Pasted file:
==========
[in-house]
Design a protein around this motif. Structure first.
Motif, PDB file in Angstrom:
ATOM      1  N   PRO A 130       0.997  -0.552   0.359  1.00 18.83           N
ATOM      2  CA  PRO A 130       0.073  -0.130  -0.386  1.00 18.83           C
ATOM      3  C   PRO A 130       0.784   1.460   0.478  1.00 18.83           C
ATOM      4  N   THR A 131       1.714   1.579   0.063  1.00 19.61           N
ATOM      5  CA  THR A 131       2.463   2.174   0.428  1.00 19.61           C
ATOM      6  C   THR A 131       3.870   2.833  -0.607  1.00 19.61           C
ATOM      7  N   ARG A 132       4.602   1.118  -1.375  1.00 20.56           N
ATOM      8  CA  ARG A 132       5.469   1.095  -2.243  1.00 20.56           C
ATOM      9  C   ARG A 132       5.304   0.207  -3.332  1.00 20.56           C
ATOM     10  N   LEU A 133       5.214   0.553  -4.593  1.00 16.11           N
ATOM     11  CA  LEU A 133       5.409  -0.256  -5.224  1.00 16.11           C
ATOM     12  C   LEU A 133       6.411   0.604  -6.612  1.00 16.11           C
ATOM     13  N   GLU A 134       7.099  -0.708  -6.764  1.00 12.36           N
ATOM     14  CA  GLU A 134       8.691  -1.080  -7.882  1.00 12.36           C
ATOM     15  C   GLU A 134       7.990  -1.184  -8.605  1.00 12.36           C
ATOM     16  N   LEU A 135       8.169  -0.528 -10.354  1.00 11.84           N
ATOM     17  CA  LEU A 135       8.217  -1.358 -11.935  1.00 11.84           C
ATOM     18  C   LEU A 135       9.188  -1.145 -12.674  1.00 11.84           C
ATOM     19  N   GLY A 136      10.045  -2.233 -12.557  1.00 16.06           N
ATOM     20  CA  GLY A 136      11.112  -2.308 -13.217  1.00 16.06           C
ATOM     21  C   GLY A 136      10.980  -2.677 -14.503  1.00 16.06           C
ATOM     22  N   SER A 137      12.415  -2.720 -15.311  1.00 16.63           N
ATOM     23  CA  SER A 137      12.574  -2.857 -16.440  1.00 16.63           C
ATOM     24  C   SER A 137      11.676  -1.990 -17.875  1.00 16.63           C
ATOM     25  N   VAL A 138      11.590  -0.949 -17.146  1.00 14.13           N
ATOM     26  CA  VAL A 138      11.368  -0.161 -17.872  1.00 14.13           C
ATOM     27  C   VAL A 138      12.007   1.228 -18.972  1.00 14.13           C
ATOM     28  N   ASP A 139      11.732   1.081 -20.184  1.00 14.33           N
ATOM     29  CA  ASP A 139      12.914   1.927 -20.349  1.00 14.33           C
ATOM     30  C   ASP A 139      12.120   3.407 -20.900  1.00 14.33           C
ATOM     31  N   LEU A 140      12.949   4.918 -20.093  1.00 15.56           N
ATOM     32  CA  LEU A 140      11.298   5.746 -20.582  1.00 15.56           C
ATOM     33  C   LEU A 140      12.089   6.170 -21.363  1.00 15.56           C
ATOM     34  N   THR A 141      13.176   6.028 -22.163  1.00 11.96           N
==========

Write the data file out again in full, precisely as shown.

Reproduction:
[in-house]
Design a protein around this motif. Structure first.
Motif, PDB file in Angstrom:
ATOM      1  N   PRO A 130       0.997  -0.552   0.359  1.00 18.83           N
ATOM      2  CA  PRO A 130       0.073  -0.130  -0.386  1.00 18.83           C
ATOM      3  C   PRO A 130       0.784   1.460   0.478  1.00 18.83           C
ATOM      4  N   THR A 131       1.714   1.579   0.063  1.00 19.61           N
ATOM      5  CA  THR A 131       2.463   2.174   0.428  1.00 19.61           C
ATOM      6  C   THR A 131       3.870   2.833  -0.607  1.00 19.61           C
ATOM      7  N   ARG A 132       4.602   1.118  -1.375  1.00 20.56           N
ATOM      8  CA  ARG A 132       5.469   1.095  -2.243  1.00 20.56           C
ATOM      9  C   ARG A 132       5.304   0.207  -3.332  1.00 20.56           C
ATOM     10  N   LEU A 133       5.214   0.553  -4.593  1.00 16.11           N
ATOM     11  CA  LEU A 133       5.409  -0.256  -5.224  1.00 16.11           C
ATOM     12  C   LEU A 133       6.411   0.604  -6.612  1.00 16.11           C
ATOM     13  N   GLU A 134       7.099  -0.708  -6.764  1.00 12.36           N
ATOM     14  CA  GLU A 134       8.691  -1.080  -7.882  1.00 12.36           C
ATOM     15  C   GLU A 134       7.990  -1.184  -8.605  1.00 12.36           C
ATOM     16  N   LEU A 135       8.169  -0.528 -10.354  1.00 11.84           N
ATOM     17  CA  LEU A 135       8.217  -1.358 -11.935  1.00 11.84           C
ATOM     18  C   LEU A 135       9.188  -1.145 -12.674  1.00 11.84           C
ATOM     19  N   GLY A 136      10.045  -2.233 -12.557  1.00 16.06           N
ATOM     20  CA  GLY A 136      11.112  -2.308 -13.217  1.00 16.06           C
ATOM     21  C   GLY A 136      10.980  -2.677 -14.503  1.00 16.06           C
ATOM     22  N   SER A 137      12.415  -2.720 -15.311  1.00 16.63           N
ATOM     23  CA  SER A 137      12.574  -2.857 -16.440  1.00 16.63           C
ATOM     24  C   SER A 137      11.676  -1.990 -17.875  1.00 16.63           C
ATOM     25  N   VAL A 138      11.590  -0.949 -17.146  1.00 14.13           N
ATOM     26  CA  VAL A 138      11.368  -0.161 -17.872  1.00 14.13           C
ATOM     27  C   VAL A 138      12.007   1.228 -18.972  1.00 14.13           C
ATOM     28  N   ASP A 139      11.732   1.081 -20.184  1.00 14.33           N
ATOM     29  CA  ASP A 139      12.914   1.927 -20.349  1.00 14.33           C
ATOM     30  C   ASP A 139      12.120   3.407 -20.900  1.00 14.33           C
ATOM     31  N   LEU A 140      12.949   4.918 -20.093  1.00 15.56           N
ATOM     32  CA  LEU A 140      11.298   5.746 -20.582  1.00 15.56           C
ATOM     33  C   LEU A 140      12.089   6.170 -21.363  1.00 15.56           C
ATOM     34  N   THR A 141      13.176   6.028 -22.163  1.00 11.96           N